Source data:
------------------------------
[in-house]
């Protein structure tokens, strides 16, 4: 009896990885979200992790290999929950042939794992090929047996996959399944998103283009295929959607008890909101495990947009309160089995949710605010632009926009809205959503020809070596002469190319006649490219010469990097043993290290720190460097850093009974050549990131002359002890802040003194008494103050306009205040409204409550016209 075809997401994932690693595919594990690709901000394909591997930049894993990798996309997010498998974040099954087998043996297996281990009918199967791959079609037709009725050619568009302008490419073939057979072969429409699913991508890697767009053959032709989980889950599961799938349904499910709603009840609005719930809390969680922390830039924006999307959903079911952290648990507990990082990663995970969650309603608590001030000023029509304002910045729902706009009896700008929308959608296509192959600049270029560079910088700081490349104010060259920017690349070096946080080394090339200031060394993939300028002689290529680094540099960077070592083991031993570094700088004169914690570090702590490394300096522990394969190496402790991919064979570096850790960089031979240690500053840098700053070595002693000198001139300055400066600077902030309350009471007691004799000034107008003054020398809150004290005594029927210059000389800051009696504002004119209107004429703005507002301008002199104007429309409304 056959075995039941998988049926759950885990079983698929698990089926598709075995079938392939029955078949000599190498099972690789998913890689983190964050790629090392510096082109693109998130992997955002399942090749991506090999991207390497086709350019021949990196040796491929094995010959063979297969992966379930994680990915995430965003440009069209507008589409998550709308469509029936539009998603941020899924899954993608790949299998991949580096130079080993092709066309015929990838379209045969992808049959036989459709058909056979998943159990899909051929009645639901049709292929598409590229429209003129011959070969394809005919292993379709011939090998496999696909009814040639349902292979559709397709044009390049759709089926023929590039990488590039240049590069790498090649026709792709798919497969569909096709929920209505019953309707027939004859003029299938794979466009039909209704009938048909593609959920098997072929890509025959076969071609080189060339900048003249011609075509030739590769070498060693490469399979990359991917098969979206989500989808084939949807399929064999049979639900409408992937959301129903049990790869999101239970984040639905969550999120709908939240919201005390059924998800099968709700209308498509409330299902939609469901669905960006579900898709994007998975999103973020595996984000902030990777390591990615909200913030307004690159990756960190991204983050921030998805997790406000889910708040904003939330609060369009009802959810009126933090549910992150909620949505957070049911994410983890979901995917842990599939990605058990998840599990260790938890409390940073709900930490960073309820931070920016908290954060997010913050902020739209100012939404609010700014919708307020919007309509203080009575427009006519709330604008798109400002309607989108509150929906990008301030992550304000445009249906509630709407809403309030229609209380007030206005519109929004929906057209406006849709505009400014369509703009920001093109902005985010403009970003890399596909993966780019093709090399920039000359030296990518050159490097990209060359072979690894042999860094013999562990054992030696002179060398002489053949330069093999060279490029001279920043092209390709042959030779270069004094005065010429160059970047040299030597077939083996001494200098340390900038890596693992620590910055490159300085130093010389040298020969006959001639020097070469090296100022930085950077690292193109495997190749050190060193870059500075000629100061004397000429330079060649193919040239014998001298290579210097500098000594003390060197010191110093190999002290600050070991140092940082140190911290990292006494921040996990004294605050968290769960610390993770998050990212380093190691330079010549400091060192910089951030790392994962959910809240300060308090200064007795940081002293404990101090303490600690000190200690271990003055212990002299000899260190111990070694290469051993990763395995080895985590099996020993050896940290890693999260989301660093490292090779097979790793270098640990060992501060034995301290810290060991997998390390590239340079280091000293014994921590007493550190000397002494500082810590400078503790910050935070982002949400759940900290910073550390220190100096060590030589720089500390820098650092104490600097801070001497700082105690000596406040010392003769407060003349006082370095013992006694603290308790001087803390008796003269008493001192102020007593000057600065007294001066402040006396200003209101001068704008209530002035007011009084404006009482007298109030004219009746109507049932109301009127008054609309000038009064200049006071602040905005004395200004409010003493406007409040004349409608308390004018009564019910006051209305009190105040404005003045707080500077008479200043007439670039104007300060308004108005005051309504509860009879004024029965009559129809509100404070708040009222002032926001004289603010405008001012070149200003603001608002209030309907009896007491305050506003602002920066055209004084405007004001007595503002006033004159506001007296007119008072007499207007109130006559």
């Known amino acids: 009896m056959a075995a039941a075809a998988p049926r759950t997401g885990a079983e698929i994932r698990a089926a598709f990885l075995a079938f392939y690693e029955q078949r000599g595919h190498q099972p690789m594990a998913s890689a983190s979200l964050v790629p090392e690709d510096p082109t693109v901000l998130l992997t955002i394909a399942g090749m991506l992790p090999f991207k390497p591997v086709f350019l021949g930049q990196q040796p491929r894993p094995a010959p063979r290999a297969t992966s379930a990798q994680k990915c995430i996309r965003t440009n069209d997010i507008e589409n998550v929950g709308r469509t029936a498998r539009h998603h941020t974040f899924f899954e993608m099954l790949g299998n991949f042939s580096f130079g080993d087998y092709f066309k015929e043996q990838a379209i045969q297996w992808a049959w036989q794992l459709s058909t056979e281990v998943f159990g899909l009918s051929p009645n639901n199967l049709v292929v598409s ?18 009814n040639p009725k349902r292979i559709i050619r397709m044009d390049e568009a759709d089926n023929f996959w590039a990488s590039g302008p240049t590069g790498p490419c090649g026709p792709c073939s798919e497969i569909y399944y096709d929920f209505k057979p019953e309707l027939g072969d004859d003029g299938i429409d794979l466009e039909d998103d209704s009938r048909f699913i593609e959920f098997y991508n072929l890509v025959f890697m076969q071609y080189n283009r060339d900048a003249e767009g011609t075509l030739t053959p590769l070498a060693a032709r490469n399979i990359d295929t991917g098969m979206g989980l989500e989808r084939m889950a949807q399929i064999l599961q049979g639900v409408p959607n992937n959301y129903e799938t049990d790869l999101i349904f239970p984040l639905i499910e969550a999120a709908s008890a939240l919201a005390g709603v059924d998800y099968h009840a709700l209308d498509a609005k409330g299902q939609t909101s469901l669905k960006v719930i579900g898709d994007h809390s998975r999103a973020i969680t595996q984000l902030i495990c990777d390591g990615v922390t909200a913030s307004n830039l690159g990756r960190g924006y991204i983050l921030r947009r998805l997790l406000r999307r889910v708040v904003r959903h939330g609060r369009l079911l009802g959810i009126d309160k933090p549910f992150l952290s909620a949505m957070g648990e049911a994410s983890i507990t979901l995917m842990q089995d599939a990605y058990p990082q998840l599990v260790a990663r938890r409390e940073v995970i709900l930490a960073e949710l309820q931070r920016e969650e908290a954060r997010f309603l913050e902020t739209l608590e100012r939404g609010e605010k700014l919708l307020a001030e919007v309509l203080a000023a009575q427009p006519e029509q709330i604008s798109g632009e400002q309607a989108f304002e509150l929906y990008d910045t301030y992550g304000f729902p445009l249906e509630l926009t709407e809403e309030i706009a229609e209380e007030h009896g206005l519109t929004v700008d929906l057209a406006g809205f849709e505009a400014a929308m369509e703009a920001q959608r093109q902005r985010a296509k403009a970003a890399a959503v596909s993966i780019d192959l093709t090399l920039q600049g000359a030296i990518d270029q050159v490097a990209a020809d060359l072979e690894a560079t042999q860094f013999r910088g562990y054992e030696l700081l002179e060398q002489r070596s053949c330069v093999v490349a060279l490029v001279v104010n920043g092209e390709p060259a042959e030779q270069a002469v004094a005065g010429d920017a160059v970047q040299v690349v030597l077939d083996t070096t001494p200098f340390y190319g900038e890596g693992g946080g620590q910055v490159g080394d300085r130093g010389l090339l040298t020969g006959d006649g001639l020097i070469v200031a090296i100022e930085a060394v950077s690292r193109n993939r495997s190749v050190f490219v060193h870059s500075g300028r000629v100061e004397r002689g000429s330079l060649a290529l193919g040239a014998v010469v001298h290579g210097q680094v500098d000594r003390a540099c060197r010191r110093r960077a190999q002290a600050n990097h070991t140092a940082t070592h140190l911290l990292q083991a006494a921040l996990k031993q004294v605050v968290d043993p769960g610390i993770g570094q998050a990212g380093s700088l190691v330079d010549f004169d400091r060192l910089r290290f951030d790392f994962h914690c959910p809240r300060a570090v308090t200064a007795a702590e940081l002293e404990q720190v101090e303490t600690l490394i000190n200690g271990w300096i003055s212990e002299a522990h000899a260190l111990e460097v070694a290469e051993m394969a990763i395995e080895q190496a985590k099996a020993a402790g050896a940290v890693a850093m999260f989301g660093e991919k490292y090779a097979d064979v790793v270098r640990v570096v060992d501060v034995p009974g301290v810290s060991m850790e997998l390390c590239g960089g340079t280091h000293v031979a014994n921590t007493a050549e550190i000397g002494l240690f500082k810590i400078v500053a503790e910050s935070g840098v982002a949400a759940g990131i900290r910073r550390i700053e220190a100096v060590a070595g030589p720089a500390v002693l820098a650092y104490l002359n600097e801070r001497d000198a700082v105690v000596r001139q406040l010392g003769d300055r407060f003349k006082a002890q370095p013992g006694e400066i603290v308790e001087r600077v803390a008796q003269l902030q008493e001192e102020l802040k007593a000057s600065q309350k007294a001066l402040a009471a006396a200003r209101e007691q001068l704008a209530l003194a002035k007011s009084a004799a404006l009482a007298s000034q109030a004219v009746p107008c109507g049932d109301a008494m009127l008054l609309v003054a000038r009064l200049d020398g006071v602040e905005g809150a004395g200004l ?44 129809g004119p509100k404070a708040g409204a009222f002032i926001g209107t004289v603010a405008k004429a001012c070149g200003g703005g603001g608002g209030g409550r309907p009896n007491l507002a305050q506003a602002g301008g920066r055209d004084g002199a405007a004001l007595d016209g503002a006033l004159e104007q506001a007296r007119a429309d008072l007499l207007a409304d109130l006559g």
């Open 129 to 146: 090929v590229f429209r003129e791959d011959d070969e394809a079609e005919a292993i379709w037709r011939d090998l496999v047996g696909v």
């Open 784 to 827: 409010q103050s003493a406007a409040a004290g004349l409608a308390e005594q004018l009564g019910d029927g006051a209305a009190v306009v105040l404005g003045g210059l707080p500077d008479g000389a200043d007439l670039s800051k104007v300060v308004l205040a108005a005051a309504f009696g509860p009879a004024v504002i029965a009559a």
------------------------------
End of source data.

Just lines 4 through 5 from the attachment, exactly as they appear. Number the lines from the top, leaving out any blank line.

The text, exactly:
């Open 129 to 146: 090929v590229f429209r003129e791959d011959d070969e394809a079609e005919a292993i379709w037709r011939d090998l496999v047996g696909v």
């Open 784 to 827: 409010q103050s003493a406007a409040a004290g004349l409608a308390e005594q004018l009564g019910d029927g006051a209305a009190v306009v105040l404005g003045g210059l707080p500077d008479g000389a200043d007439l670039s800051k104007v300060v308004l205040a108005a005051a309504f009696g509860p009879a004024v504002i029965a009559a």